Kras, an influential gene that serves as an on-off switch for other genes, is mutated in 80 to 95% of cases of pancreatic cancer.
"It's also the most frequent mutation found among all cancers," says Paul Chiao, Ph.D., professor in MD Anderson's Department of Molecular and Cellular Oncology.
Attempts to target Kras have been disappointing so far. Chiao and colleagues have discovered a molecular chain of events that exposes new potential weak spots.
A paper in the January edition of the journal Cancer Cell spells out what Chiao describes as a "vicious cycle" -- a self-perpetuating loop of molecular activity that fuels pancreatic cancer by promoting inflammation, development of new blood vessels and blocking programmed cell death.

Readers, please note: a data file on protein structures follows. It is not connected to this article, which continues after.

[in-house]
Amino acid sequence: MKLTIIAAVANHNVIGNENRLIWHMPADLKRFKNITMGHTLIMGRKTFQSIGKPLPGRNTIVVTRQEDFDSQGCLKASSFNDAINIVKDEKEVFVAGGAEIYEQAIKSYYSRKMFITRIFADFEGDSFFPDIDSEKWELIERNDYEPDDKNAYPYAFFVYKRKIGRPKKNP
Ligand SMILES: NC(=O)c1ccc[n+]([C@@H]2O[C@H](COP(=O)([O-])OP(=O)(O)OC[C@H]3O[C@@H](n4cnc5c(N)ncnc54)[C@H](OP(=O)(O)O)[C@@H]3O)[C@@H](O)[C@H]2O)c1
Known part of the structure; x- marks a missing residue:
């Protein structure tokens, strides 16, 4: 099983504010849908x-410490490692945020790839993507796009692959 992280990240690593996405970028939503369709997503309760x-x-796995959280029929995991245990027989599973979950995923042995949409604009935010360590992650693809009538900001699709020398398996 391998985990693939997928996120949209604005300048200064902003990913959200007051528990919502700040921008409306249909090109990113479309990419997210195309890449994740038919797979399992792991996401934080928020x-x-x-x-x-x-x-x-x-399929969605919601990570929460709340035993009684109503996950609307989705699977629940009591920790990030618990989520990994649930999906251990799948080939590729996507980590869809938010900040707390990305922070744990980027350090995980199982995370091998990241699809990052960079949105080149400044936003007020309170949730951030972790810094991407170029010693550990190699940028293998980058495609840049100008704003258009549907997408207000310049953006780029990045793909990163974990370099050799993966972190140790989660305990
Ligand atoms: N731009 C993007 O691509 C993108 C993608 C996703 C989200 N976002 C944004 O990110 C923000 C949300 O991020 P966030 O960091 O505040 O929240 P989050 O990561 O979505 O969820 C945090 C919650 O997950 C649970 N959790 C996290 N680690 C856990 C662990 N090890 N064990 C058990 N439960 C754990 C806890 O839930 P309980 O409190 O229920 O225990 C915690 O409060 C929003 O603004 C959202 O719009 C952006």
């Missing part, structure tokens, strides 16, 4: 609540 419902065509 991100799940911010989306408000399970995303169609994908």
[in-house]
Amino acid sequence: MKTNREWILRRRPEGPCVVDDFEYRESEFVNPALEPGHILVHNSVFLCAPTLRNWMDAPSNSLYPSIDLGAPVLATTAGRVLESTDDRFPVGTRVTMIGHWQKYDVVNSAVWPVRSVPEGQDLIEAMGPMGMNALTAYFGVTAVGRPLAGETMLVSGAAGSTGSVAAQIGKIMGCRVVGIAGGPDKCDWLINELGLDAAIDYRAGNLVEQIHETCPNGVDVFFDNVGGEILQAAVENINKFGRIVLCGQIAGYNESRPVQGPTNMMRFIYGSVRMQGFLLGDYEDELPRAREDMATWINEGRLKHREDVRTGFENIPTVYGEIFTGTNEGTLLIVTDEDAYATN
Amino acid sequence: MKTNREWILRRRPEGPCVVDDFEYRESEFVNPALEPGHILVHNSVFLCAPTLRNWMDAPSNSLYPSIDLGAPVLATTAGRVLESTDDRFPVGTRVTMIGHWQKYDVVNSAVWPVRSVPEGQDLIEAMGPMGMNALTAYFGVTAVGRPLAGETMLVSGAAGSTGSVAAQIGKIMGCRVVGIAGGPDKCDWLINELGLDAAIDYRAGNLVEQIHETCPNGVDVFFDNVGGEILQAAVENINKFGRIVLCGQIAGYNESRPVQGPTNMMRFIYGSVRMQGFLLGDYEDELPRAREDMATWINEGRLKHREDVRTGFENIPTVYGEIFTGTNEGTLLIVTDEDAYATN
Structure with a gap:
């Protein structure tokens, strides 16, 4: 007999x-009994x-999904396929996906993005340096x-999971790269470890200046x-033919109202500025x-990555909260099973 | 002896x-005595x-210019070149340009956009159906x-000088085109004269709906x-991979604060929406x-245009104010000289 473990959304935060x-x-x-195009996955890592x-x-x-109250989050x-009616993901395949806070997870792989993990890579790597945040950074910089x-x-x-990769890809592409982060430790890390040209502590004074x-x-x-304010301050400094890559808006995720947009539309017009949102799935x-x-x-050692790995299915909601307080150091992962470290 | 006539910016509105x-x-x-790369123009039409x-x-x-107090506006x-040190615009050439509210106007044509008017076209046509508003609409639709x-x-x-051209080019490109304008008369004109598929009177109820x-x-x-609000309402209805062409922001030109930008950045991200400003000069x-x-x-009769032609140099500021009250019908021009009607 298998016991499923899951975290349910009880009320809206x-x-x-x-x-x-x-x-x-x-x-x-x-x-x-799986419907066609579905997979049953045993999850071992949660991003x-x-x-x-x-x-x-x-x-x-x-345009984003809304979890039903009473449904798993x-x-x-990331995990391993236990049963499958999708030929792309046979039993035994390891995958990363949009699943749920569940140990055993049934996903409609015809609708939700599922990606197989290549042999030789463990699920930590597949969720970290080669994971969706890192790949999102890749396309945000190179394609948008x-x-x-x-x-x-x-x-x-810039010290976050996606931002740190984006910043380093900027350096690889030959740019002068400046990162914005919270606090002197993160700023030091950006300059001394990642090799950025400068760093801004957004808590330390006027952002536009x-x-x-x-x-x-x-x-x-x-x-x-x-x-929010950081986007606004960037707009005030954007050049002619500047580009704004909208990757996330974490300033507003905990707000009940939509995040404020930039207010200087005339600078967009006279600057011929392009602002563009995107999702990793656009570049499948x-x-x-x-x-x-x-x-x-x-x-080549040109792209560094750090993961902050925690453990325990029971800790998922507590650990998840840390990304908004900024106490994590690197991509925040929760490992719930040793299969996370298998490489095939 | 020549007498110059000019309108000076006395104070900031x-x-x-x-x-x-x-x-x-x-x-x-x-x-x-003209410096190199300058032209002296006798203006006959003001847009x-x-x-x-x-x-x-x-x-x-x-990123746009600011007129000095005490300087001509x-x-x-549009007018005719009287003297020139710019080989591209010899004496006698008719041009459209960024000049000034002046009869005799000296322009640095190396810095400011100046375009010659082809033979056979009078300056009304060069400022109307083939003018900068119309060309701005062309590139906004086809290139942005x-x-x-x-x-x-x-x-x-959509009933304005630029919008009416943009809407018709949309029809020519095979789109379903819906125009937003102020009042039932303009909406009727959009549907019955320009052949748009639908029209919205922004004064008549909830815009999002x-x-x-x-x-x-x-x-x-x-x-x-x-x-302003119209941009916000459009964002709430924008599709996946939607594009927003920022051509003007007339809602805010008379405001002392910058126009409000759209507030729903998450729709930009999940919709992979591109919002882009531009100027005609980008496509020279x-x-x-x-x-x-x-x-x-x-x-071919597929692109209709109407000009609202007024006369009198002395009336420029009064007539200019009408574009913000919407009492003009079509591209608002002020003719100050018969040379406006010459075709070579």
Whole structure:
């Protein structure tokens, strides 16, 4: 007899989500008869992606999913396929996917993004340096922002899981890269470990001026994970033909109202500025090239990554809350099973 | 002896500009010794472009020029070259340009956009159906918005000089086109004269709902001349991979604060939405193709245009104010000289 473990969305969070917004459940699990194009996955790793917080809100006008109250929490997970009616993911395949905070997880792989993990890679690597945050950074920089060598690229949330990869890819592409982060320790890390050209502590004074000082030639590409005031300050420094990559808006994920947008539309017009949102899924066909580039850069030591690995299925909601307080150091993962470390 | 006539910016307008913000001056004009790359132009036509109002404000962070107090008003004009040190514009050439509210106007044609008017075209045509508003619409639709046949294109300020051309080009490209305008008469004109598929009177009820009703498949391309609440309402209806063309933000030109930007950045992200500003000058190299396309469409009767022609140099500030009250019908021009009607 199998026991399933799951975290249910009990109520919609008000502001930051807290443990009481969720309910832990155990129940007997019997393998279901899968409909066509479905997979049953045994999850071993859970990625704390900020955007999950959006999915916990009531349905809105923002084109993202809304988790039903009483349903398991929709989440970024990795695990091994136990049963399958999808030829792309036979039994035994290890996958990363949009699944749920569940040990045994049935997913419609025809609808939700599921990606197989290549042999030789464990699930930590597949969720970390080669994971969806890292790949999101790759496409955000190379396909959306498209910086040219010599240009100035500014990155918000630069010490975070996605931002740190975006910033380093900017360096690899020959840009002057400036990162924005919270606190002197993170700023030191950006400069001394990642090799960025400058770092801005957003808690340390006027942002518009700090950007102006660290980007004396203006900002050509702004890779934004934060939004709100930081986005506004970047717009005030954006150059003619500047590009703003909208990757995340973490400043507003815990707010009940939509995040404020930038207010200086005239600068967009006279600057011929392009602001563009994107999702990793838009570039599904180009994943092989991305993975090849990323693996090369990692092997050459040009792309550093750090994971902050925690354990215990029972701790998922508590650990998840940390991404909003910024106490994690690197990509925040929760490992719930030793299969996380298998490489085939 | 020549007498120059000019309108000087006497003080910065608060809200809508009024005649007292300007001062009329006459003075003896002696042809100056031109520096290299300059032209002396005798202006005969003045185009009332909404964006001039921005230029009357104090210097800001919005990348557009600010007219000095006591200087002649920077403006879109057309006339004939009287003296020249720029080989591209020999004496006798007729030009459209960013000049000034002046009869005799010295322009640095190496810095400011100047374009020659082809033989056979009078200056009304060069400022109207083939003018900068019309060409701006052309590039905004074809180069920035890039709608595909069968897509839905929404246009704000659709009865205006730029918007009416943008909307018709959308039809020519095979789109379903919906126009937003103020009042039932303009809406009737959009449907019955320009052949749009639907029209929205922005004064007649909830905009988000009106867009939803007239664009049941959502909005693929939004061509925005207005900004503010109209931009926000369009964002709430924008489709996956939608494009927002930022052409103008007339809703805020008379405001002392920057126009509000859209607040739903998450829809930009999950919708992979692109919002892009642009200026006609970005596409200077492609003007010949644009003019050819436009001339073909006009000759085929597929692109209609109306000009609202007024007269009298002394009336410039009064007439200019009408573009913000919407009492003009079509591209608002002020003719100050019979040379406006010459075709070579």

Basically, mutated Kras triggers a cascade of events that includes inducement of Interleukin-1alpha, which in turn fires up NF-κB, a protein complex that controls activation of genes. NF-κB induces a number of inflammation-promoting genes, including IL-1alpha, which in turn cycles back to activate NF-κB.
Interleukin-1alpha is an interesting potential target for developing a drug to block this process, Chiao notes.
Cancer Cell paper. (paywall alert)